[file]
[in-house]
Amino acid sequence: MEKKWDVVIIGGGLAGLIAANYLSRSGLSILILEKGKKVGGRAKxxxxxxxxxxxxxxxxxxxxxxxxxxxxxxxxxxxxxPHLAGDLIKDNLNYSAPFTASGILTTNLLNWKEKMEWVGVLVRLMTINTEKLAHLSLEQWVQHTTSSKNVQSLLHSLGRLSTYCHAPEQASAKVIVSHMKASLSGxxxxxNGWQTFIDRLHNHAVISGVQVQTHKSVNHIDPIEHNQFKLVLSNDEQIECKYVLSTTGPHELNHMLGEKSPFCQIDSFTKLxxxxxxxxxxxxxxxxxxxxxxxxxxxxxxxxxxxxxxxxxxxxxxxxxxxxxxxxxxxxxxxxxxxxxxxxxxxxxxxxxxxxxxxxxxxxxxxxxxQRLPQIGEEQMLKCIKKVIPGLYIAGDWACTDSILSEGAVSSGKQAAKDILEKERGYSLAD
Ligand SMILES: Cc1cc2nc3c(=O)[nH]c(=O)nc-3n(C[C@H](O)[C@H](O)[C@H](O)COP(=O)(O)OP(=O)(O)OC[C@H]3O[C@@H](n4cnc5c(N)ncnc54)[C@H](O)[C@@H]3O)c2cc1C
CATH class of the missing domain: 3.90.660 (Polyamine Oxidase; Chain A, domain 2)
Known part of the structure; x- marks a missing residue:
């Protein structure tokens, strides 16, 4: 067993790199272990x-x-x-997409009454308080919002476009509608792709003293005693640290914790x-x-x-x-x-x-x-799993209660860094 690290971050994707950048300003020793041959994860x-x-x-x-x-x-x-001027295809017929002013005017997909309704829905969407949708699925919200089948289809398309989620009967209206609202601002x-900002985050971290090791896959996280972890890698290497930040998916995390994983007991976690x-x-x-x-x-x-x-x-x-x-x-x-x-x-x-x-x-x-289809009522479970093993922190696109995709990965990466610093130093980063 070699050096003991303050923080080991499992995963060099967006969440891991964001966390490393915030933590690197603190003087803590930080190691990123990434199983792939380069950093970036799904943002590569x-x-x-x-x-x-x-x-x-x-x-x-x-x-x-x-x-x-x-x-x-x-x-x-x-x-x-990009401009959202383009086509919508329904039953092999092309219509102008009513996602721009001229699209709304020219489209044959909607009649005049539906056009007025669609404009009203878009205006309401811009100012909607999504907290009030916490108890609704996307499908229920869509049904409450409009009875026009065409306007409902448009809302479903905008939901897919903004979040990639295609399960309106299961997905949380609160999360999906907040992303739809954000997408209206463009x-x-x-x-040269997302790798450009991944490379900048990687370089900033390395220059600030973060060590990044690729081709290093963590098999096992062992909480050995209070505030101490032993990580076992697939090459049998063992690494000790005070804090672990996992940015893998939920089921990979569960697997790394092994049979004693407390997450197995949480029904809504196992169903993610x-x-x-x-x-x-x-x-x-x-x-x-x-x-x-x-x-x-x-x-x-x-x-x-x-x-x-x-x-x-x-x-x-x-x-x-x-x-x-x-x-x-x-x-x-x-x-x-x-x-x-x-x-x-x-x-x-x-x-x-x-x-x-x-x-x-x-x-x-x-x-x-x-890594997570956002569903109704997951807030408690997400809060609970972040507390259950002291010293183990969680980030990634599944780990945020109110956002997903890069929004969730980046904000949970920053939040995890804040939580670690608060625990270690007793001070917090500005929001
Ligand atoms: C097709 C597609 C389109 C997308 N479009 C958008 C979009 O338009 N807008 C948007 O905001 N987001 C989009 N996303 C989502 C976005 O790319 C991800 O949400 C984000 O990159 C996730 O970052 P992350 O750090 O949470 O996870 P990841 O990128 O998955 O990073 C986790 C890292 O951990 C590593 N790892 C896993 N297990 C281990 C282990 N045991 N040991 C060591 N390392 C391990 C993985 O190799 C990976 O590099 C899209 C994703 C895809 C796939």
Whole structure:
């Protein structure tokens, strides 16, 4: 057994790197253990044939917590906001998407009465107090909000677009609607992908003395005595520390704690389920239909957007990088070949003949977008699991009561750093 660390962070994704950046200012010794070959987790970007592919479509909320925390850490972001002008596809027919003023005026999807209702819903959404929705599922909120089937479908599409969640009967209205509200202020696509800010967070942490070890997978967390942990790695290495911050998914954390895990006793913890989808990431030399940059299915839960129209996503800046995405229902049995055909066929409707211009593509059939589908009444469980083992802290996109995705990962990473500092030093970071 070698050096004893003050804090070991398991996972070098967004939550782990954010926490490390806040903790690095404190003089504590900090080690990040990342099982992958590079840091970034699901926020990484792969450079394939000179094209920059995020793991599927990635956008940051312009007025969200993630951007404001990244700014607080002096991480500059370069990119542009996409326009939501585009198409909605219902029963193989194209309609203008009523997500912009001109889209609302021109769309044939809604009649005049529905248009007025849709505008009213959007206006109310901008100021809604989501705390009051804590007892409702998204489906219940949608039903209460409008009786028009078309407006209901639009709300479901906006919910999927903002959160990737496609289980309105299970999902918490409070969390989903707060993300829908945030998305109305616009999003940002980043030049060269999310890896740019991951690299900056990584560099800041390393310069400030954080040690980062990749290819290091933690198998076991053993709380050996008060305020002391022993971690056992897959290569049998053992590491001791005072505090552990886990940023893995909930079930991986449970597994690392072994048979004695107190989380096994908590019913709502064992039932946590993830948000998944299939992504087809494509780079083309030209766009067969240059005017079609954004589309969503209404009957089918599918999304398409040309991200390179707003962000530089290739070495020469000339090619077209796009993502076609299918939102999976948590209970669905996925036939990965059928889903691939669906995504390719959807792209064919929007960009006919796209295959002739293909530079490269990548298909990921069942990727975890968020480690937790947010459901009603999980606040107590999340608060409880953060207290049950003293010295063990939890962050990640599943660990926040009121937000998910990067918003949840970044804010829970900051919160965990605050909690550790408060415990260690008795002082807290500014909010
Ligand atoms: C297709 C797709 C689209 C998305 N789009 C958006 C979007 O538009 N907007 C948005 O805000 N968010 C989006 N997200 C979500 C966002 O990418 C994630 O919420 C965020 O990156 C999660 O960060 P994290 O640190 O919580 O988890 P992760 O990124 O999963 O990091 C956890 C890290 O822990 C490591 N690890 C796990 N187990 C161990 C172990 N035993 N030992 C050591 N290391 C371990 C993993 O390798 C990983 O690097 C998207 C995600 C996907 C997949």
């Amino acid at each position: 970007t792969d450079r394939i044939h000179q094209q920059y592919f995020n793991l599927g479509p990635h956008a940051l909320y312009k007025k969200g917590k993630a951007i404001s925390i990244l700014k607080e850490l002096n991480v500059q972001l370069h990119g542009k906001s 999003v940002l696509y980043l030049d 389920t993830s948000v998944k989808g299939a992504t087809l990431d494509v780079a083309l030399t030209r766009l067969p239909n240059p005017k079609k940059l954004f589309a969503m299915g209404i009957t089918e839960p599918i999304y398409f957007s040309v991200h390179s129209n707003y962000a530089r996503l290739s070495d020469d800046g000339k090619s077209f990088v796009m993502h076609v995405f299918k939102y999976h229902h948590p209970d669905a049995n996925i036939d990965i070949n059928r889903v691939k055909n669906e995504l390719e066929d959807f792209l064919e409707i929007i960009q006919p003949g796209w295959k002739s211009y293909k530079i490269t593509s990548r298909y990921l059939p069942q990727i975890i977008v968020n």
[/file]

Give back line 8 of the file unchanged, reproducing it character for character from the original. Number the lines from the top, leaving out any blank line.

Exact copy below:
Whole structure: